My scholarly interests are wide ranging, but my current research agenda is focused on digital rhetoric, critical pedagogy, crowdsourcing, and the Internet. I am interested in issues from digital education to rhetoric and technology to Internet Studies. I recently published an article in the International Review of Information Ethics that explored the ethical and rhetorical challenges of contemporary digital education as understood as a tool for oppression; and I am currently writing an article in which I critique and define the confluence of digital rhetoric and digital humanities terminologies and practices.

My dissertation—titled, “Technical Knowledge and Audience in the Networked Age”—investigates the conceptual framework governing expertise and audience in online crowdsourced projects. The examination focuses on crowdsourced knowledge sites enabled by the Zooniverse ( research platform wherein scientists and humanists provide raw data and solicit public investigation, identification, and contribution. The driving concerns for my study concentrate on the competing roles of the expert and non-expert on digital media and the Internet and in what ways the changing notions of expertise affect audience within technical, professional, and digital communication.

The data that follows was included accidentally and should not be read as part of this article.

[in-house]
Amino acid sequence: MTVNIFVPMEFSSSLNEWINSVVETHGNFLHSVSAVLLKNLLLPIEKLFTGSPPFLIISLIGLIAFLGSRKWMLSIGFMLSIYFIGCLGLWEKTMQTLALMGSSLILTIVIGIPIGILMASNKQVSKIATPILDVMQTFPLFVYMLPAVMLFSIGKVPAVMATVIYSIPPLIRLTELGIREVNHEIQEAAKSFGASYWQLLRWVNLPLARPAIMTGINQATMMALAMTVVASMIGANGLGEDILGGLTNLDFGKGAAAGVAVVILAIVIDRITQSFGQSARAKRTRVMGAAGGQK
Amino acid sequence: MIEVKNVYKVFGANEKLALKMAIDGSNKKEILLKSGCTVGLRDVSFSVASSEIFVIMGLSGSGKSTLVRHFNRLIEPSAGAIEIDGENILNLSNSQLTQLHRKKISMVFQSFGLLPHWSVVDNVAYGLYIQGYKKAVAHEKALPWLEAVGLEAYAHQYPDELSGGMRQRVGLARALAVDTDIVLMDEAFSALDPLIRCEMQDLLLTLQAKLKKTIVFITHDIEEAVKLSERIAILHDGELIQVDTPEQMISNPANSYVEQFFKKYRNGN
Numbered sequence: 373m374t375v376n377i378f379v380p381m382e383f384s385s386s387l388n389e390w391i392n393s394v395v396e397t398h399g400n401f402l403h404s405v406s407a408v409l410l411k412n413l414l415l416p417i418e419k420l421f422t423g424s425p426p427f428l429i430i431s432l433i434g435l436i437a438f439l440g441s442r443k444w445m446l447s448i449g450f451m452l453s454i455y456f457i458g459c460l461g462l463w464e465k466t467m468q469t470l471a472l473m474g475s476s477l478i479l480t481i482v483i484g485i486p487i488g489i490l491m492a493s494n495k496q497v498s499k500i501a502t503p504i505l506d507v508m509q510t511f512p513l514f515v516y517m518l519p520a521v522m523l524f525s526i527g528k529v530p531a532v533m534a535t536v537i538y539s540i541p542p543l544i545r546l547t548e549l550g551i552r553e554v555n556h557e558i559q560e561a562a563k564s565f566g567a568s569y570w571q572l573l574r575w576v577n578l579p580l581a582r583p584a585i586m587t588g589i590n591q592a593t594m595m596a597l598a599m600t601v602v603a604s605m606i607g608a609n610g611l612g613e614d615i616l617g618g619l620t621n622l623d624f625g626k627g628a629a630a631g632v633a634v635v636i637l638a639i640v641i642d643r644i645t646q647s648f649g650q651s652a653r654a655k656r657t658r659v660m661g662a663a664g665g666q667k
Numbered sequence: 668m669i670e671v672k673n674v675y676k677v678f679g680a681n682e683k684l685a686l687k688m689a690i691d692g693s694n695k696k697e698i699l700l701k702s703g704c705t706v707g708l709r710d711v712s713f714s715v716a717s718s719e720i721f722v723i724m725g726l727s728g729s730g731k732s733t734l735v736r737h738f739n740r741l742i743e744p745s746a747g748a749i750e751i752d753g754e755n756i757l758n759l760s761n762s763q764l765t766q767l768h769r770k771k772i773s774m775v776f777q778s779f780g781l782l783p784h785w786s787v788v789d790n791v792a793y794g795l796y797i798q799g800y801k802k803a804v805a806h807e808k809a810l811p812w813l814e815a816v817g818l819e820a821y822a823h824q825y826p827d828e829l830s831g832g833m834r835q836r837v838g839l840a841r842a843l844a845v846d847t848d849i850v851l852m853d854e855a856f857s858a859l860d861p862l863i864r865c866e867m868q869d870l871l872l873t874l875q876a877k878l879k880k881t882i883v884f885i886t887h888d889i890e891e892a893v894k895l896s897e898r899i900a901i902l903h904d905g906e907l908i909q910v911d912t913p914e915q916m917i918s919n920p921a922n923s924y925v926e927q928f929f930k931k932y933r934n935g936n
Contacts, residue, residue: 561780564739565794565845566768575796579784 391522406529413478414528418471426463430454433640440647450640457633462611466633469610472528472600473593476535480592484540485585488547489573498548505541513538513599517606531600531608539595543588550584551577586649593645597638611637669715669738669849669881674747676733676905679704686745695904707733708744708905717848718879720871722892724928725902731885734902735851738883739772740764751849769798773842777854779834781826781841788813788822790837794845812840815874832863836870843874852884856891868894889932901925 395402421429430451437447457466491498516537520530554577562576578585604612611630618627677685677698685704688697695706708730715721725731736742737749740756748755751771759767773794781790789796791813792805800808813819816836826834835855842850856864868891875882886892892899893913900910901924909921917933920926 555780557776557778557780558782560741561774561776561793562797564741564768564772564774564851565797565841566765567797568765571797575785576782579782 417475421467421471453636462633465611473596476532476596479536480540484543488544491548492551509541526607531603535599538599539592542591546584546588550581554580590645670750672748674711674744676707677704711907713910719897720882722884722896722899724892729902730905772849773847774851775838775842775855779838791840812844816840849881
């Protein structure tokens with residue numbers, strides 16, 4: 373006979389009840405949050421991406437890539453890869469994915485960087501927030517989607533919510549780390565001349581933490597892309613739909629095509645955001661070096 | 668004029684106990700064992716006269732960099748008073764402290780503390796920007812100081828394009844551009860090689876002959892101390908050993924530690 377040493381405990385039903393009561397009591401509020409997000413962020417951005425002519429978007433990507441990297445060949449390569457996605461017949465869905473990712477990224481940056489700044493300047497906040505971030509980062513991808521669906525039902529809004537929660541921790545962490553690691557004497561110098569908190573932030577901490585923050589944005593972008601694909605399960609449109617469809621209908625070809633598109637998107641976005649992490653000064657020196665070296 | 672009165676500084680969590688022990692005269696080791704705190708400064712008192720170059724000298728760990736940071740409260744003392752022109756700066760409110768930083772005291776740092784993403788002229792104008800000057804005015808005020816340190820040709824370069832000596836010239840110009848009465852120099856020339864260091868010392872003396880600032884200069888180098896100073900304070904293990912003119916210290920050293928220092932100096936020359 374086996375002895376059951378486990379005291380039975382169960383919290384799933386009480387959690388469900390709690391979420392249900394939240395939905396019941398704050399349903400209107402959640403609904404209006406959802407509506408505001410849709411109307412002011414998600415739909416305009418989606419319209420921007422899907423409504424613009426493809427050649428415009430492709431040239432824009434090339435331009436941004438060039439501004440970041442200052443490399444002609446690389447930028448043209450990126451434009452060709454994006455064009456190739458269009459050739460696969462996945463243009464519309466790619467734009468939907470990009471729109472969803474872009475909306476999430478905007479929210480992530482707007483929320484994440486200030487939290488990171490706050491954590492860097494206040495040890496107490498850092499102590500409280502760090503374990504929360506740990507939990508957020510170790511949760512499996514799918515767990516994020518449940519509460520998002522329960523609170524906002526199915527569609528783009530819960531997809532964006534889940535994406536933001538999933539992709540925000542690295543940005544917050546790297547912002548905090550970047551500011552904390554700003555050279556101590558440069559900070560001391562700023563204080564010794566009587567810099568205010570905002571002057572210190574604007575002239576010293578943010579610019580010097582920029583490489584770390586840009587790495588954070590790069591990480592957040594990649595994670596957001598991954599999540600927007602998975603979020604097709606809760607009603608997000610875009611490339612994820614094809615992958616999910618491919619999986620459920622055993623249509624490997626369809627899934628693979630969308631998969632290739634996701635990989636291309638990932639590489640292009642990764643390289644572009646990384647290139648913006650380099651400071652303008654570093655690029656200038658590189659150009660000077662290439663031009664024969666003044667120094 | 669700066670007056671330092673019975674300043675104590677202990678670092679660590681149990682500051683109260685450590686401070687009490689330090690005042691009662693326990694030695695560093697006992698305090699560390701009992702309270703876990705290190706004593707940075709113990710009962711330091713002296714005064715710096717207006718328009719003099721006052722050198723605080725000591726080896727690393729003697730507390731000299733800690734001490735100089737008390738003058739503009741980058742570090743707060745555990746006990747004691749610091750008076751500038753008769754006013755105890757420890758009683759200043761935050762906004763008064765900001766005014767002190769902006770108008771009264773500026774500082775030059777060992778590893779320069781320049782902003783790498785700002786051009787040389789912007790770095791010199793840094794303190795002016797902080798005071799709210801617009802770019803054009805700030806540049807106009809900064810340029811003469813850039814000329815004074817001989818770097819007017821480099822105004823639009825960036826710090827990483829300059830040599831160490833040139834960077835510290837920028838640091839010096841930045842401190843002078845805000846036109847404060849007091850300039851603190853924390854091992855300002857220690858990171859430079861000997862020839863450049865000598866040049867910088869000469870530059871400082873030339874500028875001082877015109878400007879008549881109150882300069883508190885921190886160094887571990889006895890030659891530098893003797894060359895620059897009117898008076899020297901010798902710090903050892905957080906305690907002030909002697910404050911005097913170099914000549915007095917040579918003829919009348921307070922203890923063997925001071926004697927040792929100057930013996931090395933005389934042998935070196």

I enjoy collaborating with colleagues across disciplines, and I tend to focus on projects that have some value to the community in which they take place. I favor open access publications and research, and I work to establish connections between academia and the public. My research is generally focused on investigating how humans use 21st century technology to communicate with each other, to improve their lives, and to generate knowledge.